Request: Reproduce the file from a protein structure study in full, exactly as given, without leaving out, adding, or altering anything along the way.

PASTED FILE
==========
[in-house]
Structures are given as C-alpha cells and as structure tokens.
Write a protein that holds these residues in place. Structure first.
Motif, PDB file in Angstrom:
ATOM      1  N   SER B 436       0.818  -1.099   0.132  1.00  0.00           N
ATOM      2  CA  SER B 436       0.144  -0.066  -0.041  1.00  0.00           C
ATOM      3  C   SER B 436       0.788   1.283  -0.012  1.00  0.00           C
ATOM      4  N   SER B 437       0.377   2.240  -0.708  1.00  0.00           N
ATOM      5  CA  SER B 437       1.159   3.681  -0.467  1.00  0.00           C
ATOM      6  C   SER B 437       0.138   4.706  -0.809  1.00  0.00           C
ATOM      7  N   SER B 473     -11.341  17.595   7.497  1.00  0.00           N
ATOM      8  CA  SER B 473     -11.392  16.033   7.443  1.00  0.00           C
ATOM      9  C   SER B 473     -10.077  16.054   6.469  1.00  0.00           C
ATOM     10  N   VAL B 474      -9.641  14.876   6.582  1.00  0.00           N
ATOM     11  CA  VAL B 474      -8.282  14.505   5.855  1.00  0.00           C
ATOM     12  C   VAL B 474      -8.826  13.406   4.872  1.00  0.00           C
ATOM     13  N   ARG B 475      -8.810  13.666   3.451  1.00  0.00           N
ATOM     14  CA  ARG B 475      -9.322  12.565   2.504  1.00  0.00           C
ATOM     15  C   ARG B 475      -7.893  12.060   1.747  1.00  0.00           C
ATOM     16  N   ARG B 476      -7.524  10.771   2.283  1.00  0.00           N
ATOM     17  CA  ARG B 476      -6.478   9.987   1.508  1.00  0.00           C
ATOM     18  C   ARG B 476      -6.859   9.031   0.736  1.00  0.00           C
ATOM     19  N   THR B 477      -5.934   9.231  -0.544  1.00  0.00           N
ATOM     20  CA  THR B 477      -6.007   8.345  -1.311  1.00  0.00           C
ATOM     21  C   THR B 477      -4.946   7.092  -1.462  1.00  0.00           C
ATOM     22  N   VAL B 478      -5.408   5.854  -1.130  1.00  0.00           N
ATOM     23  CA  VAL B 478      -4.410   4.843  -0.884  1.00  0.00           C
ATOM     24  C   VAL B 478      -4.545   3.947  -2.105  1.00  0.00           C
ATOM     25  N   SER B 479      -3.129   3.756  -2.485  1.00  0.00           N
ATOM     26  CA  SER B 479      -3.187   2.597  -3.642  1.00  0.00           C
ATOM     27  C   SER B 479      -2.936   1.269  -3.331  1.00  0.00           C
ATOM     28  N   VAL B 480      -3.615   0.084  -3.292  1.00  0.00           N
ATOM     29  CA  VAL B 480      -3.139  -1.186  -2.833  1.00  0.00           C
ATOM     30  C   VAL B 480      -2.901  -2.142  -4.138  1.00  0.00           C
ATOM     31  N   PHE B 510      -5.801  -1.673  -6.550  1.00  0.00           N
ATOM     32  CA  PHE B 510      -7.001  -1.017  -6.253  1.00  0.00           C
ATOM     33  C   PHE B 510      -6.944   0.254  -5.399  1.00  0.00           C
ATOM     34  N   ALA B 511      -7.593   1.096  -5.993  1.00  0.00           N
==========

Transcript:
[in-house]
Structures are given as C-alpha cells and as structure tokens.
Write a protein that holds these residues in place. Structure first.
Motif, PDB file in Angstrom:
ATOM      1  N   SER B 436       0.818  -1.099   0.132  1.00  0.00           N
ATOM      2  CA  SER B 436       0.144  -0.066  -0.041  1.00  0.00           C
ATOM      3  C   SER B 436       0.788   1.283  -0.012  1.00  0.00           C
ATOM      4  N   SER B 437       0.377   2.240  -0.708  1.00  0.00           N
ATOM      5  CA  SER B 437       1.159   3.681  -0.467  1.00  0.00           C
ATOM      6  C   SER B 437       0.138   4.706  -0.809  1.00  0.00           C
ATOM      7  N   SER B 473     -11.341  17.595   7.497  1.00  0.00           N
ATOM      8  CA  SER B 473     -11.392  16.033   7.443  1.00  0.00           C
ATOM      9  C   SER B 473     -10.077  16.054   6.469  1.00  0.00           C
ATOM     10  N   VAL B 474      -9.641  14.876   6.582  1.00  0.00           N
ATOM     11  CA  VAL B 474      -8.282  14.505   5.855  1.00  0.00           C
ATOM     12  C   VAL B 474      -8.826  13.406   4.872  1.00  0.00           C
ATOM     13  N   ARG B 475      -8.810  13.666   3.451  1.00  0.00           N
ATOM     14  CA  ARG B 475      -9.322  12.565   2.504  1.00  0.00           C
ATOM     15  C   ARG B 475      -7.893  12.060   1.747  1.00  0.00           C
ATOM     16  N   ARG B 476      -7.524  10.771   2.283  1.00  0.00           N
ATOM     17  CA  ARG B 476      -6.478   9.987   1.508  1.00  0.00           C
ATOM     18  C   ARG B 476      -6.859   9.031   0.736  1.00  0.00           C
ATOM     19  N   THR B 477      -5.934   9.231  -0.544  1.00  0.00           N
ATOM     20  CA  THR B 477      -6.007   8.345  -1.311  1.00  0.00           C
ATOM     21  C   THR B 477      -4.946   7.092  -1.462  1.00  0.00           C
ATOM     22  N   VAL B 478      -5.408   5.854  -1.130  1.00  0.00           N
ATOM     23  CA  VAL B 478      -4.410   4.843  -0.884  1.00  0.00           C
ATOM     24  C   VAL B 478      -4.545   3.947  -2.105  1.00  0.00           C
ATOM     25  N   SER B 479      -3.129   3.756  -2.485  1.00  0.00           N
ATOM     26  CA  SER B 479      -3.187   2.597  -3.642  1.00  0.00           C
ATOM     27  C   SER B 479      -2.936   1.269  -3.331  1.00  0.00           C
ATOM     28  N   VAL B 480      -3.615   0.084  -3.292  1.00  0.00           N
ATOM     29  CA  VAL B 480      -3.139  -1.186  -2.833  1.00  0.00           C
ATOM     30  C   VAL B 480      -2.901  -2.142  -4.138  1.00  0.00           C
ATOM     31  N   PHE B 510      -5.801  -1.673  -6.550  1.00  0.00           N
ATOM     32  CA  PHE B 510      -7.001  -1.017  -6.253  1.00  0.00           C
ATOM     33  C   PHE B 510      -6.944   0.254  -5.399  1.00  0.00           C
ATOM     34  N   ALA B 511      -7.593   1.096  -5.993  1.00  0.00           N